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No other book on the market offers such a turnkey solution to the problem of liquid interference in gas wells. Gas Well Deliquification contains not only descriptions of the various methods of de-watering gas wells, but also compares the various methods with a view toward explaining the suitability of each under particular circumstances. The material is presented as practical information that can be immediately applied, rather than a theoretical treatment. And, includes useful historical methods, but focuses on the latest techniques for de-watering gas wells.
Only book on market to offer a turnkey solution to the problem of liquid interference in gas wells
Contains descriptions of the various methods of de-watering gas wells, as well as comparing the various methods with a view to explaining the suitability of each under particular circumstances
Introduces material as practical information that can be immediately applied, rather than a theoretical treatment.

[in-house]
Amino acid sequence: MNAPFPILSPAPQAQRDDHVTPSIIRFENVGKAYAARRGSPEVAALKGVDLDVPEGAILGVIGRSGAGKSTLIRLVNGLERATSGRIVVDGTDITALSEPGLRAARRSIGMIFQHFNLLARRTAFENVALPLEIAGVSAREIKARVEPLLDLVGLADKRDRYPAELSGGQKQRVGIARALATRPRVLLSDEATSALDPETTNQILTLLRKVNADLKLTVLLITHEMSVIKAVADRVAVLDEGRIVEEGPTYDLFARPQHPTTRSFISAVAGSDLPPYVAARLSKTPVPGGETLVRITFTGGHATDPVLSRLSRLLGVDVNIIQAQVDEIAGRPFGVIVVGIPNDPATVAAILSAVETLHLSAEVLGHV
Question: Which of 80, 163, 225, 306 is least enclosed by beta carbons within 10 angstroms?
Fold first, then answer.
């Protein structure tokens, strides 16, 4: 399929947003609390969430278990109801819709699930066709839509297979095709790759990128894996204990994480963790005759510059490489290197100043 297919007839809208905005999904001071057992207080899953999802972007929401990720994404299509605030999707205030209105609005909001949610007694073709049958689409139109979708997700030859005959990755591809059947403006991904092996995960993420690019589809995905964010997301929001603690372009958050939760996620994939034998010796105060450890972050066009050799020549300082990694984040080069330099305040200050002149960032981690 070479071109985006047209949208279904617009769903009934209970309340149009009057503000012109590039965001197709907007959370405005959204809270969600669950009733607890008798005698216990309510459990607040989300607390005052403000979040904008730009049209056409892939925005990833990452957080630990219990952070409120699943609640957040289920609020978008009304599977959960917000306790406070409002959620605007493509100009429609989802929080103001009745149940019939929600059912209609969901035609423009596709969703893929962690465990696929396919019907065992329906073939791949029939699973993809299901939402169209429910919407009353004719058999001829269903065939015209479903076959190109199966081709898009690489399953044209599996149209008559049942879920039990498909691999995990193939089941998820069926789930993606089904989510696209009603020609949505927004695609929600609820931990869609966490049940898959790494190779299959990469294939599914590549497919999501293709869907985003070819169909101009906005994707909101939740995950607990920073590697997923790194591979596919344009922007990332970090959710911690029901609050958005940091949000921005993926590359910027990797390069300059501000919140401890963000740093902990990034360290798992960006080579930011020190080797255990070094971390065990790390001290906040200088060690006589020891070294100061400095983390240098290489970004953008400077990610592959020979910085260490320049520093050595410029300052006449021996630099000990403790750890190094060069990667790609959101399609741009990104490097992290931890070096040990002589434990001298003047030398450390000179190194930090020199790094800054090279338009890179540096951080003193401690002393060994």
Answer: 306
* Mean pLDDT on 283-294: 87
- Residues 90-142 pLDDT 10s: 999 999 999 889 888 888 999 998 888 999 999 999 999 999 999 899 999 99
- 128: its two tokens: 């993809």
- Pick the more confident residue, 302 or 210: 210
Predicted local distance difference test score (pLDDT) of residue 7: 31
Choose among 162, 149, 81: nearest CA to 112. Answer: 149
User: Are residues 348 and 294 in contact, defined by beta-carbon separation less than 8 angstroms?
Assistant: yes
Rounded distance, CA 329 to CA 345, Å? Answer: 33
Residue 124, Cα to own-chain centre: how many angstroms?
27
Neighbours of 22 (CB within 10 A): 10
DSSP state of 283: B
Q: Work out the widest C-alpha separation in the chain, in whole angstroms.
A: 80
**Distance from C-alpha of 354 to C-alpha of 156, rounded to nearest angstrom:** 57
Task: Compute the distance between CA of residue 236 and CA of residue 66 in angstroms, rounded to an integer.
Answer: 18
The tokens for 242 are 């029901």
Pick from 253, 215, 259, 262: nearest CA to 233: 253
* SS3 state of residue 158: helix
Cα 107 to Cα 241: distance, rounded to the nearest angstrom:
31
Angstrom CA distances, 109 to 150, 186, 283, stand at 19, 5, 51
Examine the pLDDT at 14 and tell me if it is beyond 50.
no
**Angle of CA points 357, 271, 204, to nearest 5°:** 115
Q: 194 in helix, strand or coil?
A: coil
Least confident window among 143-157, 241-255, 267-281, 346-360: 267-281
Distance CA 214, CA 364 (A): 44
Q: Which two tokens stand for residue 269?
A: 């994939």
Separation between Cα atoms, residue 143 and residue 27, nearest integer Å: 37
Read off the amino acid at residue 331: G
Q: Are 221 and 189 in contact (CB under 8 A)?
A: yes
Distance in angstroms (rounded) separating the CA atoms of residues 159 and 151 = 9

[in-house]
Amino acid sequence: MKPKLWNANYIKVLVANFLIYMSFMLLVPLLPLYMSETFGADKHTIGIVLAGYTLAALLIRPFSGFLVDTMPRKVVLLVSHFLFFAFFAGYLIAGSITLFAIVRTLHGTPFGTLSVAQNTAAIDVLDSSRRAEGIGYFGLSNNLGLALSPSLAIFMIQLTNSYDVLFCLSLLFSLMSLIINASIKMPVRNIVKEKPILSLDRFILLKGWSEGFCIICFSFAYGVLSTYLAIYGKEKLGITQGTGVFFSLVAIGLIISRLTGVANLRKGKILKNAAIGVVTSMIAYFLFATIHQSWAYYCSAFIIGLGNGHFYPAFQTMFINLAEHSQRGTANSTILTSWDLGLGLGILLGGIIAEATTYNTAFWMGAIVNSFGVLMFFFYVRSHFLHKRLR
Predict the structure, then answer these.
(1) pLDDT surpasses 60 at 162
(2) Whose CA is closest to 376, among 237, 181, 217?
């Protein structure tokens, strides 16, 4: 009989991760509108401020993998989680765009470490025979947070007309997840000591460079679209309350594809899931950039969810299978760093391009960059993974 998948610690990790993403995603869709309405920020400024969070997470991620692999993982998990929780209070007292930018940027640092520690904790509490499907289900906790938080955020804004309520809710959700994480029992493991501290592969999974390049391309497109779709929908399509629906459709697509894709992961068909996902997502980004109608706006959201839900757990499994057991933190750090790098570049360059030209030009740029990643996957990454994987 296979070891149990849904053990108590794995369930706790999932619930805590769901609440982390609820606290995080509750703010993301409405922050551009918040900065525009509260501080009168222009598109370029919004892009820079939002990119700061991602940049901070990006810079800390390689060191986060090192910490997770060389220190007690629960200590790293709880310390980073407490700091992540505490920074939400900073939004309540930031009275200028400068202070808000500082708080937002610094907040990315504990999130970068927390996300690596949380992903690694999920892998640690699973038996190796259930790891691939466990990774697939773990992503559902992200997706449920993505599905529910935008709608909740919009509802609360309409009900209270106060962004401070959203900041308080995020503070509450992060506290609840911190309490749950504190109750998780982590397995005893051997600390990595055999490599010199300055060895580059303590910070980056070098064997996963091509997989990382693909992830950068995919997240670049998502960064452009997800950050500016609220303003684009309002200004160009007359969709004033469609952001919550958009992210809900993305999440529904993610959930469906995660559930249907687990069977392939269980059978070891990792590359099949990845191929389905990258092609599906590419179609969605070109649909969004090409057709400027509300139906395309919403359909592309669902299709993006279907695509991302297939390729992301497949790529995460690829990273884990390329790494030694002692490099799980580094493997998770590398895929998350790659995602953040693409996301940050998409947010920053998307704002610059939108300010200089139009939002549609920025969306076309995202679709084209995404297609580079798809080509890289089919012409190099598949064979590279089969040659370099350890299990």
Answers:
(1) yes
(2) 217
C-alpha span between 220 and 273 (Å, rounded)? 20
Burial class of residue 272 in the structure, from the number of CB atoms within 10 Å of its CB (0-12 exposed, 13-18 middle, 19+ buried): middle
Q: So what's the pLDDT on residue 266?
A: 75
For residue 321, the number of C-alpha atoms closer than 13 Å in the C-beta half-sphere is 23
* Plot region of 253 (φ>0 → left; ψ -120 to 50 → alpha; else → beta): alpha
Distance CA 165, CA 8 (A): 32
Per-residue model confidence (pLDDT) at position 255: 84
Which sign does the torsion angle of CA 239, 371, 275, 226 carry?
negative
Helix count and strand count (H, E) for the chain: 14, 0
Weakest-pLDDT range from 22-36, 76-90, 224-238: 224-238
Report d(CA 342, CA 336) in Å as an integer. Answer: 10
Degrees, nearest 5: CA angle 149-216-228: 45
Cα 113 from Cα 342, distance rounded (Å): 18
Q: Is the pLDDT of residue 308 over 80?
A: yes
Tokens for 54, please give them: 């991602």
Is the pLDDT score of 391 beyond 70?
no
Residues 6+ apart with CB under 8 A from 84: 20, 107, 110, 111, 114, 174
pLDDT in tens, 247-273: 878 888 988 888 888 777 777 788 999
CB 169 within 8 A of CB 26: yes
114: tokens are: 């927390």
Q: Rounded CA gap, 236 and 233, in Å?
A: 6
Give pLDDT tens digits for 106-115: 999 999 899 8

Operating engineers and reservoir engineers, consulting engineers, service companies that supply equipment for gas wells, academic market
Table of Contents:
Chapter 1: Introduction 1.1 Introduction 1.2 Multiphase Flow In A Gas Well 1.3 What Is Liquid Loading? 1.4 Problems Caused By Liquid Loading 1.5 De-Liquefying Techniques Presented 1.6 Source Of Liquids In A Producing Gas Well 1.6.1 Water coning 1.6.2 Aquifer water 1.6.3 Water produced from another zone 1.6.4 Free formation water 1.6.5 Water of condensation 1.6.6 Hydrocarbon condensates 1.7 References
Chapter 2: Recognize Symptoms of Liquid Loading in Gas Wells 1.2 Introduction 2.2 Presence of Orifice Pressure Spikes 2.3 Decline Curve Analysis 2.4 Drop In Tubing Pressure with Rise in Casing Pressure 2.5 Pressure Survey Showing Liquid Level 2.6 Well Performance Monitoring 2.7 Annulus Heading 2.7.1 Heading cycle without packer 2.7.2 Heading cycle with controller 2.8 Liquid Production Ceases 2.9 Summary 2.10 References